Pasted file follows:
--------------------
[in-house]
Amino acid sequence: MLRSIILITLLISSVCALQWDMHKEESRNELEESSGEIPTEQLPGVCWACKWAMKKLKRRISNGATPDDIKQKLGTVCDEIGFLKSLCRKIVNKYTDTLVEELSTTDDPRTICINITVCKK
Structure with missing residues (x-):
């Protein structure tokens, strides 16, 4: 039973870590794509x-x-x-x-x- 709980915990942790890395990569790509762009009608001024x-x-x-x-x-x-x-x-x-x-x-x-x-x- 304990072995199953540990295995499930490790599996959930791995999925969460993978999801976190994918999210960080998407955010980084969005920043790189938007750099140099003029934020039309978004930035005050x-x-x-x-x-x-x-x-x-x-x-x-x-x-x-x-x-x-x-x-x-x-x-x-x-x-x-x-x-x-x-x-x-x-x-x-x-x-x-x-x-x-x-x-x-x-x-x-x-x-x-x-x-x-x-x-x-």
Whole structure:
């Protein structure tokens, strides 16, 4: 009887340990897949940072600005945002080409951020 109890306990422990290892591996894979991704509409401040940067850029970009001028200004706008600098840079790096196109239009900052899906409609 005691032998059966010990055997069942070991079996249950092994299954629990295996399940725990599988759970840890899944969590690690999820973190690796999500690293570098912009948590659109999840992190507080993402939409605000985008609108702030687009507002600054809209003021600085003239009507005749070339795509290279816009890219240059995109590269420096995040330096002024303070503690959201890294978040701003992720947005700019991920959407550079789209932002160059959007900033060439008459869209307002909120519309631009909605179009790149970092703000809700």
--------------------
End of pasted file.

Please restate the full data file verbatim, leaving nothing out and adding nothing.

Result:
[in-house]
Amino acid sequence: MLRSIILITLLISSVCALQWDMHKEESRNELEESSGEIPTEQLPGVCWACKWAMKKLKRRISNGATPDDIKQKLGTVCDEIGFLKSLCRKIVNKYTDTLVEELSTTDDPRTICINITVCKK
Structure with missing residues (x-):
């Protein structure tokens, strides 16, 4: 039973870590794509x-x-x-x-x- 709980915990942790890395990569790509762009009608001024x-x-x-x-x-x-x-x-x-x-x-x-x-x- 304990072995199953540990295995499930490790599996959930791995999925969460993978999801976190994918999210960080998407955010980084969005920043790189938007750099140099003029934020039309978004930035005050x-x-x-x-x-x-x-x-x-x-x-x-x-x-x-x-x-x-x-x-x-x-x-x-x-x-x-x-x-x-x-x-x-x-x-x-x-x-x-x-x-x-x-x-x-x-x-x-x-x-x-x-x-x-x-x-x-």
Whole structure:
């Protein structure tokens, strides 16, 4: 009887340990897949940072600005945002080409951020 109890306990422990290892591996894979991704509409401040940067850029970009001028200004706008600098840079790096196109239009900052899906409609 005691032998059966010990055997069942070991079996249950092994299954629990295996399940725990599988759970840890899944969590690690999820973190690796999500690293570098912009948590659109999840992190507080993402939409605000985008609108702030687009507002600054809209003021600085003239009507005749070339795509290279816009890219240059995109590269420096995040330096002024303070503690959201890294978040701003992720947005700019991920959407550079789209932002160059959007900033060439008459869209307002909120519309631009909605179009790149970092703000809700």